Proofreading is often confused with copyediting, but it’s a very different function. It tends to be used in one of two ways: checking proof pages received from a publisher (a proof check), or a final check of a finished document to spot lingering or introduced errors (sometimes called editorial proofreading). Most authors I work with are looking for editorial proofreaders; the final eagle-eyed reviewers who spot misplaced commas, incorrectly formatted text or headers, words that should be capitalized, and so on. Especially in print publications, proofreading does not address things like word choice and syntax errors; changing these would be far too difficult and expensive late in the traditional publishing process. That’s why quality, professional copyediting is so important. In online publishing, editorial proofreading might catch and correct some of these light copyediting concerns—for instance, if Table 1-1 is called Table 1.1 in the text—but you shouldn’t rely on proofreading to catch everything. Consistency is generally the responsibility of the copy editor.

Because of this separation of duties, proofreading is not a substitute for copyediting, and they usually shouldn’t be done by the same person. Many editors (myself included) will not proofread a longer manuscript that has not been through copyediting. On the other hand, editorial proofreading may be the only editing desired in some situations—for example, error prevention in slide presentations or video captions. I can also provide proofreading services for databases and content management systems.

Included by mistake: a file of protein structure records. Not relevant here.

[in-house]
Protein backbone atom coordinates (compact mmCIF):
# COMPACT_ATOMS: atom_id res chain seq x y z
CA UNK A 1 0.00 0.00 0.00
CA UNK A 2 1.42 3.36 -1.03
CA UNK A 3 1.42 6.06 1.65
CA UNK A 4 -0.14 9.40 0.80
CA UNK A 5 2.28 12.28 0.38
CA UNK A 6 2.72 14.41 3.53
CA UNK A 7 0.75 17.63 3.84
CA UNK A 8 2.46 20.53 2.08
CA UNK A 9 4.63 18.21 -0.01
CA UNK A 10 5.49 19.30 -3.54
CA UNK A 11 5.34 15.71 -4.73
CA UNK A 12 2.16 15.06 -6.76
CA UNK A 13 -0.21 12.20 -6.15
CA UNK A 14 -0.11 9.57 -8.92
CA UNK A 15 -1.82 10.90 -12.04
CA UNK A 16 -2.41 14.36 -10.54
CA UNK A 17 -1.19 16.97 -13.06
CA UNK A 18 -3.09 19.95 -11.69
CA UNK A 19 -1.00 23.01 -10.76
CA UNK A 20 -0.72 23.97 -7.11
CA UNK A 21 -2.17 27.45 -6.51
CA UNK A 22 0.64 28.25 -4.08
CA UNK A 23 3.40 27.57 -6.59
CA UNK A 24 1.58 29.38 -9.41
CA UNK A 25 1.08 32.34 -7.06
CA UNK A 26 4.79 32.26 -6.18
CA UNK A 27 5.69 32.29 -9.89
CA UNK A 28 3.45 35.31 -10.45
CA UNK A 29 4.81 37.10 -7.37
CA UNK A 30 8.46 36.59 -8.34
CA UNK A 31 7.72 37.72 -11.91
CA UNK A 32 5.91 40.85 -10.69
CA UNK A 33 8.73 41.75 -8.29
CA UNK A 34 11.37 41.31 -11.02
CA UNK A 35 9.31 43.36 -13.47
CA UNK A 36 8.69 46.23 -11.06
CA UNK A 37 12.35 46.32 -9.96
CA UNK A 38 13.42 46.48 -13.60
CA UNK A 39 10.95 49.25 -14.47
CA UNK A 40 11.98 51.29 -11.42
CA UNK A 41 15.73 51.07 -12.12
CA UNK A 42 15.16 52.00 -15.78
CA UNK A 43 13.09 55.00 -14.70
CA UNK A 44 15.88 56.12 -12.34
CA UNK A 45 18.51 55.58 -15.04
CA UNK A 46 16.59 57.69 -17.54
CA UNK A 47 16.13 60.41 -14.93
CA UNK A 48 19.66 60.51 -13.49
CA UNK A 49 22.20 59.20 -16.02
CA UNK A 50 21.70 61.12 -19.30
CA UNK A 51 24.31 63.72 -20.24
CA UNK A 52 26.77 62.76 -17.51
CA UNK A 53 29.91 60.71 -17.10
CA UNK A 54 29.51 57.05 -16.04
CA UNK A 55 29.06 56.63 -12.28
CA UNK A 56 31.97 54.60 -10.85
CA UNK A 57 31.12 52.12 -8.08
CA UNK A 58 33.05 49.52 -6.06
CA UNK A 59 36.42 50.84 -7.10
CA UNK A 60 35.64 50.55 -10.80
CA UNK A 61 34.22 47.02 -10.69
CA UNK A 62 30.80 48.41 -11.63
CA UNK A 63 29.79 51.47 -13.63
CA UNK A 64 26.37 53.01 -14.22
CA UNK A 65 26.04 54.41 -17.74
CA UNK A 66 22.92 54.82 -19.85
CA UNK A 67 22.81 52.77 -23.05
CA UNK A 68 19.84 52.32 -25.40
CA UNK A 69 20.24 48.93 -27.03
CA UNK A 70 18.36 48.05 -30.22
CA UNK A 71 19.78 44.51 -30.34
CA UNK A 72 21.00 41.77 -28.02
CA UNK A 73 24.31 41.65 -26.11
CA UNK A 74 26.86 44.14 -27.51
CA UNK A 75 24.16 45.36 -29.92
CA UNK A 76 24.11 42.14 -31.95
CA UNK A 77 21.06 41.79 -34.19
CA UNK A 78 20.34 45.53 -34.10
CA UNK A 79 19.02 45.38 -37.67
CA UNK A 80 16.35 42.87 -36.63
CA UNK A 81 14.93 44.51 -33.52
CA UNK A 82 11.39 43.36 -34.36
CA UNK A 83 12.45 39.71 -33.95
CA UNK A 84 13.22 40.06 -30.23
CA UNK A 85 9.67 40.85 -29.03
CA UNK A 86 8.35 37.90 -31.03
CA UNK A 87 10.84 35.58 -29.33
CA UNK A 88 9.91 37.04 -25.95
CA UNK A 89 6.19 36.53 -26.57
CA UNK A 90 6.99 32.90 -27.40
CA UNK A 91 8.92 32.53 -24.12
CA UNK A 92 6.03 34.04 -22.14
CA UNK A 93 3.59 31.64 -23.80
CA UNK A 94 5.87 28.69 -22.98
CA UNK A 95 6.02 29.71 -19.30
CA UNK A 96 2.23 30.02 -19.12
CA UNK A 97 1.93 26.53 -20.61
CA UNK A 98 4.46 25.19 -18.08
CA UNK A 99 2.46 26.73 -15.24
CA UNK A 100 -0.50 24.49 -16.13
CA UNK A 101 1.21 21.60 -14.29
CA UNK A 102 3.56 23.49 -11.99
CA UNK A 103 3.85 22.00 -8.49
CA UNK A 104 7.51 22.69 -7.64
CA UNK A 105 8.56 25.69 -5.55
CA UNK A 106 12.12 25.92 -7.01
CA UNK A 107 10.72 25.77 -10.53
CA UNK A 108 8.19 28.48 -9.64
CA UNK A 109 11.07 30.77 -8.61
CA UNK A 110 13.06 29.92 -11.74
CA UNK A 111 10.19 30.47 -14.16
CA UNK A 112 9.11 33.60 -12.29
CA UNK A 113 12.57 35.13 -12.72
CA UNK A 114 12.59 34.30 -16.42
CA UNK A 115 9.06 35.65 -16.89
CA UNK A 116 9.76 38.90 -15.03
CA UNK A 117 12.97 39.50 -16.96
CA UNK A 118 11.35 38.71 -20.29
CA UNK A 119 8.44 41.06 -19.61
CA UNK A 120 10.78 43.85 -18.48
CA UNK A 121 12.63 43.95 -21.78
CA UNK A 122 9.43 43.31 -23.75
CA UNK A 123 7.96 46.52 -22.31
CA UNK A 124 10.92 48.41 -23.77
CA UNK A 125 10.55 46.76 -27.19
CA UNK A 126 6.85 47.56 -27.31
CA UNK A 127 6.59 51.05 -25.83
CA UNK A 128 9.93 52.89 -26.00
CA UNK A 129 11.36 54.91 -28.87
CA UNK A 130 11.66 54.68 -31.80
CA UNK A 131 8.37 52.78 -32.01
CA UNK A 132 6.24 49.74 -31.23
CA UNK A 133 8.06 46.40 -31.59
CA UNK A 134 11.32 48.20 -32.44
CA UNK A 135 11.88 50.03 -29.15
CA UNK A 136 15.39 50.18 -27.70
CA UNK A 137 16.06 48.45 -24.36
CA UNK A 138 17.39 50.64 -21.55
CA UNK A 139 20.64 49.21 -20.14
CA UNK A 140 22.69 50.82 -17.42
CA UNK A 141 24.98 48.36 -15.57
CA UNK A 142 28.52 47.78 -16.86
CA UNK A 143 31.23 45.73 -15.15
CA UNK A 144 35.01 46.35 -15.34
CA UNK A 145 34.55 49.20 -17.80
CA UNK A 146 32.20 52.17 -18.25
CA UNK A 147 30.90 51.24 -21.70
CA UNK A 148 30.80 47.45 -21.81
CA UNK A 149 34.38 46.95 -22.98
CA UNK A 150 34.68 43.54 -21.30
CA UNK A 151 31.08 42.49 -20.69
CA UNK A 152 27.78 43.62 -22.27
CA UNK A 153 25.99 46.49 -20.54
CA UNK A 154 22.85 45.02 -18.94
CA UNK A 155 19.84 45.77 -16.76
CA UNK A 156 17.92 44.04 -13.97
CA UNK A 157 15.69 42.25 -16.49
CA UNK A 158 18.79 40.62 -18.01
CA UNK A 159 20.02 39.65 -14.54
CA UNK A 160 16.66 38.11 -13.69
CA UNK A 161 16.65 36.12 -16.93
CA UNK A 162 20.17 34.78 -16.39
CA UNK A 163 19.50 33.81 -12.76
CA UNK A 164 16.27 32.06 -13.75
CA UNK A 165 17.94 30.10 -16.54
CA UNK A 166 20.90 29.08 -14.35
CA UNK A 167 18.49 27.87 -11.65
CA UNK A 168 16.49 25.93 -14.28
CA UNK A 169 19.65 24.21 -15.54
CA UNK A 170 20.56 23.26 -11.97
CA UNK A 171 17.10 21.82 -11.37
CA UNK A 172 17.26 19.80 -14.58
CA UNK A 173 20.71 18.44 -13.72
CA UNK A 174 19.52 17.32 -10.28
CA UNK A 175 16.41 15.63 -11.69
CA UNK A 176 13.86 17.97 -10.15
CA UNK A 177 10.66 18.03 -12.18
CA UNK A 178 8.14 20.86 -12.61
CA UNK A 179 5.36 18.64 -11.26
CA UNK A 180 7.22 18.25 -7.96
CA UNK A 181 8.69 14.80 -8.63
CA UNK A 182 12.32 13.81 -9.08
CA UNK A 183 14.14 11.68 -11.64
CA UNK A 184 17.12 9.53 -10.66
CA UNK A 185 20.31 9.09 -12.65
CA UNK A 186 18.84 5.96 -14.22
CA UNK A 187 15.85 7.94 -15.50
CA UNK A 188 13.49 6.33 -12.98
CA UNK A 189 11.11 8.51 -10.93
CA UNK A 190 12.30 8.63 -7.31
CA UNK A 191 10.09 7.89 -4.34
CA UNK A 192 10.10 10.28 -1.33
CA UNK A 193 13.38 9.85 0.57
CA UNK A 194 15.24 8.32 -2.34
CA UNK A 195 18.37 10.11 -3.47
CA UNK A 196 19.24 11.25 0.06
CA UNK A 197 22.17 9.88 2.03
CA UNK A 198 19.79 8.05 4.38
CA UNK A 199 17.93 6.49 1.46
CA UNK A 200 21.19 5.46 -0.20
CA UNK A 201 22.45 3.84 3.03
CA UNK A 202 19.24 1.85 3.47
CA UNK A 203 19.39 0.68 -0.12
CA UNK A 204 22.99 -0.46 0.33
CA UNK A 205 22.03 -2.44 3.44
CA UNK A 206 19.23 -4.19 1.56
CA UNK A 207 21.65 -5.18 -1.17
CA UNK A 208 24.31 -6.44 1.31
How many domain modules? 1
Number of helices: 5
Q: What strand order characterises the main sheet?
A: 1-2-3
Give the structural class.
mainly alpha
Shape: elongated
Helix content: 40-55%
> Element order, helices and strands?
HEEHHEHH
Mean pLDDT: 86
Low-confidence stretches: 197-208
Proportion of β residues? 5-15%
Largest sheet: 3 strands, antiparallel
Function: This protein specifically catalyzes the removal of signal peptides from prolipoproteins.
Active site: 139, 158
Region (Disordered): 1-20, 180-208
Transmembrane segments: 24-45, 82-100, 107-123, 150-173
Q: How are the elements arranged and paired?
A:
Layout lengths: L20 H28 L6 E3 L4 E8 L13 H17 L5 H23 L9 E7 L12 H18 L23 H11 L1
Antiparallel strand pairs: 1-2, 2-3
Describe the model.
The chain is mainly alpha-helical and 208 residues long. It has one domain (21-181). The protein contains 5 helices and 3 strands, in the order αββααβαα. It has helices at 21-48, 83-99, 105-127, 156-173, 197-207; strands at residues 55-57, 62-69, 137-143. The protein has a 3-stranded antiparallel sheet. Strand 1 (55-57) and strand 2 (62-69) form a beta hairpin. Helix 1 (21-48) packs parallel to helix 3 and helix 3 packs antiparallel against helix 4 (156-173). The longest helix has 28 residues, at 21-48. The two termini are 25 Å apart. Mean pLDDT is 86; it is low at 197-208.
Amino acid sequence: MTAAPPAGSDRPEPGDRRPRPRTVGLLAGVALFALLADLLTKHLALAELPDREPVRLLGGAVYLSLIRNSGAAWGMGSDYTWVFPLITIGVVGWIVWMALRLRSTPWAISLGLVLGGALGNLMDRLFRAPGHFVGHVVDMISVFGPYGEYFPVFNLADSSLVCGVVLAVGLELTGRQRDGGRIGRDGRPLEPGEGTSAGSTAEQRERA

Proofreading services are a good fit for authors and publishers who need a final error check of a completed book layout. Content managers who are migrating database content or cleaning up dirty databases may also appreciate proofreading.

Structure
Wordsmithing
Voice
Fact-checking
Grammar and syntax
Spelling
Style
Consistency
Punctuation
Formatting

Writing Help

If your text needs an extra set of hands, or if you’d just prefer to sketch the outline and let someone else handle the heavy lifting, I can help. My writing services cover everything from social media to full-blown ghostwriting.

  • Ghostwriting blogs: If you have ideas for your blog but no time to realize them, I can help you research and outline new posts, or even write complete articles for you.
  • Copywriting and marketing collateral: Need an updated bio or a new conference handout? I can work from your brief to create professional material you’ll be proud to distribute.
  • Website copy and SEO: Keyword stuffing will get you nowhere. The best pages provide relevant content that addresses user concerns. I can help you develop, write, and proof website copy that meets the all-important “content first” metric of modern SEO.
  • Rewrites and first drafts: Working from your notes or your initial drafts, I can help you craft a final document you’ll be proud to submit.

Pricing

I typically bill by hour or by project, based on the size of the project, the editing required, and the requested turnaround time. To assure you that I am working as fast as possible while still producing quality work, I also provide a project not-to-exceed and a detailed statement of work. Quotes are based on an initial review of the manuscript, some background information from you (and your publisher, if applicable), and my sample edit. If you need a general rule of thumb for larger manuscripts like books, you can calculate proofreading at about a penny per word, editing at $0.025 per word, and writing at about $0.75 per word, but these are just estimates. Actual project pricing may vary based on length, format, number of references and figures, required fact-checking, and the general state of the manuscript. I will do my best to work within your budget, so let me know if you have constraints.

For more on my pricing and billing policies see my FAQ page.